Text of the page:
The highlight of that first batch was the celebrated "black and white" episode, "The Dream Sequence Always Rings Twice." In it Maddie and David interview a client who owns a once famous LA nightclub (like the Coconut Grove), which is about to be torn down. There they learn of a mysterious murder that occurred there in the 40's, still unsolved, that revolved around a trumpet player having an affair with the band's married girl singer. The singer's husband was killed and both the trumpet player and the songstress claim the other did the deed. Of course David assumes the woman framed the musician. Maddie feels it was much more likely the sleazy guy did it. Each of them daydream their version of events in 1940's black and white, with Bruce playing the trumpeter and Cybill the singer. Each of their mini-stories works as film noir homage, and the pairing of the two versions come off even stronger. In addition it allowed us to see David and Maddie in a romantic setting without having to put the characters directly into that kind of plot killing situation. The episode won Emmy nominations for everyone involved, including Cybill and Bruce. Bruce won.
Which brings up "the troubles." How many giant egos can one series sustain? Tension began to mount between Shepherd, Willis, and Caron. Cybill was the "star" - but she was essentially playing straight man to Willis. His manic character and split second timing were the force driving the chemistry forward. By the time they were filming the first full season - he was as recognizable as she was. And after years of struggling and starving in New York - he was enjoying every minute of his new found fame.
And then there was Glen Gordon Caron. He was very much a "hands on" producer and had very definite ideas about where he wanted to take the series. His perfectionism frustrated his cast and writers. Several times the crew would begin filming an episode while the writers were still writing. Caron had a commitment to the network for 22 episodes per season. He never delivered more than 20. His shooting regularly went off schedule and over budget. The quality was there on the screen ("Atomic Shakespeare"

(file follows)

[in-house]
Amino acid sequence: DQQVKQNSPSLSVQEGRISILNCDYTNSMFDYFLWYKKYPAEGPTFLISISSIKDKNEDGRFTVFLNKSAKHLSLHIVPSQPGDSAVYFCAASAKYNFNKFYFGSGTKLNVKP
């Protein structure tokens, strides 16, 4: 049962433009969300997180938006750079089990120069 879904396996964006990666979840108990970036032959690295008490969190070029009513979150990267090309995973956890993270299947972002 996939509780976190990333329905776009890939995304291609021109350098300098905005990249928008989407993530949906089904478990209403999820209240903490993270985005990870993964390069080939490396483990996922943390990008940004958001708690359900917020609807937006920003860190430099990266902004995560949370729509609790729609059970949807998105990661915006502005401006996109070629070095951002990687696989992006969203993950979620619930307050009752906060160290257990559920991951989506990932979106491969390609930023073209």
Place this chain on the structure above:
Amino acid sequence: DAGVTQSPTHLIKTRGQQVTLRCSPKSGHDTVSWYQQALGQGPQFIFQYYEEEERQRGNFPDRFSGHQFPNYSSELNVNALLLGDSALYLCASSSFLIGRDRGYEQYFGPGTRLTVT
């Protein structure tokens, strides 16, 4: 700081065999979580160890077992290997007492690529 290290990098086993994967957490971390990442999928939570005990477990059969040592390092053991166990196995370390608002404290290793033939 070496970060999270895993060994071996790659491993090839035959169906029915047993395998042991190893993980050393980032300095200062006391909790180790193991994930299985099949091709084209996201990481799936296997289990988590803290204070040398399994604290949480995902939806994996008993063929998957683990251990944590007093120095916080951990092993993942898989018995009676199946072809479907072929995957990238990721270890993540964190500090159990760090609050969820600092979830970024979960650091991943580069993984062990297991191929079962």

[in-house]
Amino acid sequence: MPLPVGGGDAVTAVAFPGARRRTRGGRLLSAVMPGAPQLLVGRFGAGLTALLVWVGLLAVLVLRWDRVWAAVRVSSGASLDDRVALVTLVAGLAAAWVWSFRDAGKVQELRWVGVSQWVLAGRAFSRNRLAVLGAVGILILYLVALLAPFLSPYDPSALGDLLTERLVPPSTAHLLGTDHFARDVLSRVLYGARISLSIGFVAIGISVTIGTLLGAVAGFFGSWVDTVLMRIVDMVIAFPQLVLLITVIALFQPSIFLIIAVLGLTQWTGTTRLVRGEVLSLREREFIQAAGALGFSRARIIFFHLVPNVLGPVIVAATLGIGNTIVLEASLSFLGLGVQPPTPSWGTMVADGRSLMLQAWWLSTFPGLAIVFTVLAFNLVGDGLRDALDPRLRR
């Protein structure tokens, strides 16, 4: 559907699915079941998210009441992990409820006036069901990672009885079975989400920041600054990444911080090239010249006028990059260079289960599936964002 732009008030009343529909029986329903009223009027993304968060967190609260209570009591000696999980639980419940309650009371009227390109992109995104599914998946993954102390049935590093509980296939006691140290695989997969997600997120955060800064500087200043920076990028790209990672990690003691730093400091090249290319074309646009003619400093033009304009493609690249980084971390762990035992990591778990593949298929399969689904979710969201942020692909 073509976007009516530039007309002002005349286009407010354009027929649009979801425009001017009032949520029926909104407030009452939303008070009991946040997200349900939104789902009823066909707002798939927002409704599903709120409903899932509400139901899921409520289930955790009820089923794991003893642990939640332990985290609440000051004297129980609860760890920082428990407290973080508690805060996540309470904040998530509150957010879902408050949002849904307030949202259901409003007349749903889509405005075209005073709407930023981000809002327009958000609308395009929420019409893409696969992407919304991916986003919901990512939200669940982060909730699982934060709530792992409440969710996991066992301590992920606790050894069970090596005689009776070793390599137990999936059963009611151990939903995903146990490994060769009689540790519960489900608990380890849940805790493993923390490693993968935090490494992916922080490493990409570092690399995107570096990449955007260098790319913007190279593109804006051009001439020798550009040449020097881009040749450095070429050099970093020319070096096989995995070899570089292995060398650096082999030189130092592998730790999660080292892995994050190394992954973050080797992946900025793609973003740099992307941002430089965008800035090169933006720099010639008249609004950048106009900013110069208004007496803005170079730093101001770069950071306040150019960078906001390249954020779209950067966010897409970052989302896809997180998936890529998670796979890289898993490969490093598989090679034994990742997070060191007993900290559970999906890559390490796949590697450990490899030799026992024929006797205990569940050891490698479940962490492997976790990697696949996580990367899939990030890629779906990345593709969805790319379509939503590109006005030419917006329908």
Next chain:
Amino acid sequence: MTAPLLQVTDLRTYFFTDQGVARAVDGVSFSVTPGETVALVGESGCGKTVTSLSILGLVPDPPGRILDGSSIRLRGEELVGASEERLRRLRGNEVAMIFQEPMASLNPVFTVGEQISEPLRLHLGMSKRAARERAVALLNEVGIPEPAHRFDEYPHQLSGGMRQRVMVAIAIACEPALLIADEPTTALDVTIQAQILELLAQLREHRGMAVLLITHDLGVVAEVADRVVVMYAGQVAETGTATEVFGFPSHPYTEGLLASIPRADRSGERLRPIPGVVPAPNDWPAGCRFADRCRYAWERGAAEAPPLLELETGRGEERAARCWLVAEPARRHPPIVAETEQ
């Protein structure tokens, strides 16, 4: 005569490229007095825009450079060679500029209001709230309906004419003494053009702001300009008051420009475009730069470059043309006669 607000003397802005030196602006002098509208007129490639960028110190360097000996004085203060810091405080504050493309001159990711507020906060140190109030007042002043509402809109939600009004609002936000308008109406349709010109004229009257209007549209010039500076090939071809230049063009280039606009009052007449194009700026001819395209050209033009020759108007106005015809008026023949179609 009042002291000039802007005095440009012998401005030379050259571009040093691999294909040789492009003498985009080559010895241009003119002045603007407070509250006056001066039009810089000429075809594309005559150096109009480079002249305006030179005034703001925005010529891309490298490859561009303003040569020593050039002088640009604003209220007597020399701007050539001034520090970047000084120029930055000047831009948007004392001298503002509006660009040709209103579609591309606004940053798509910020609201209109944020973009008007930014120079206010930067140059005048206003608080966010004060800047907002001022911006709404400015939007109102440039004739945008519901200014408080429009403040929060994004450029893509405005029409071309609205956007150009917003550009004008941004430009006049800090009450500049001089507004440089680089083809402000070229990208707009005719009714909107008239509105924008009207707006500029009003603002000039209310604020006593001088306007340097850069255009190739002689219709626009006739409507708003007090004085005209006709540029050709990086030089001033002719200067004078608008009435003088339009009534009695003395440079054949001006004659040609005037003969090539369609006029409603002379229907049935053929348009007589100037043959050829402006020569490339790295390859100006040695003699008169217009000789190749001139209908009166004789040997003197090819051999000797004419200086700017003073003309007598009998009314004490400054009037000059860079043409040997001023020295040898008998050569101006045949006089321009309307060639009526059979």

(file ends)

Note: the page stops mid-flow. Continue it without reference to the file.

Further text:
a riff on the Taming of the Shrew was practically a movie in and of
itself), but the show began to tick off viewers who complained about all the reruns while they waited for a new episode.
As the series moved into its second full season it hit a creative peak:
· The aforementioned Taming of the Shrew
· Big Man on Mulberry Street - with a musical sequence by "Singing in the Rain" director Stanley Donen
· The four Sam and David and Maddie episodes with Mark Harmon as the straight up astronaut whose proposal forces Maddie and David to confront their feelings.
Then it happened. A confluence of events that seemed to drain the show of all its life:
· Maddie and David "did it" - killing off the eternal suspense.
· The writers, tired of all Caron's tirades and very much in demand with all their Moonlighting awards, left the series. Caron had to bring in a fresh crop.
· Cybill Shepherd became pregnant with twins. The timing of the pregnancy would prevent her from filming between September and at least December - a prime production period.
· Glen wrote the pregnancy into the show - and had Maddie flee LA for home - for months. This allowed him to film Shepherd's scenes alone during the summer. Of course with 3000 miles between Maddie and David it's hard to get much zippy chemistry going.
Coming from the creative high of the second season, the letdown in the third year was all the more apparent. By the time they dumped the baby (a miscarriage) at the beginning of the fourth season - the magic was clearly gone. Shepherd and Willis were anxious to move on to more lucrative film projects, and the final season was only a slight improvement over the disappointing previous year.
But, as the nursery rhyme goes - when it was good, it was very very good. In addition to the episodes mentioned above, try to catch some of these on cable:
· "My Fair David" - Maddie bets David can't go through a week without breaking out into some Motown ditty, or making crass sexist comments.
· "Devil in the Blue Dress" with Judd Nelson and Whoopie Goldberg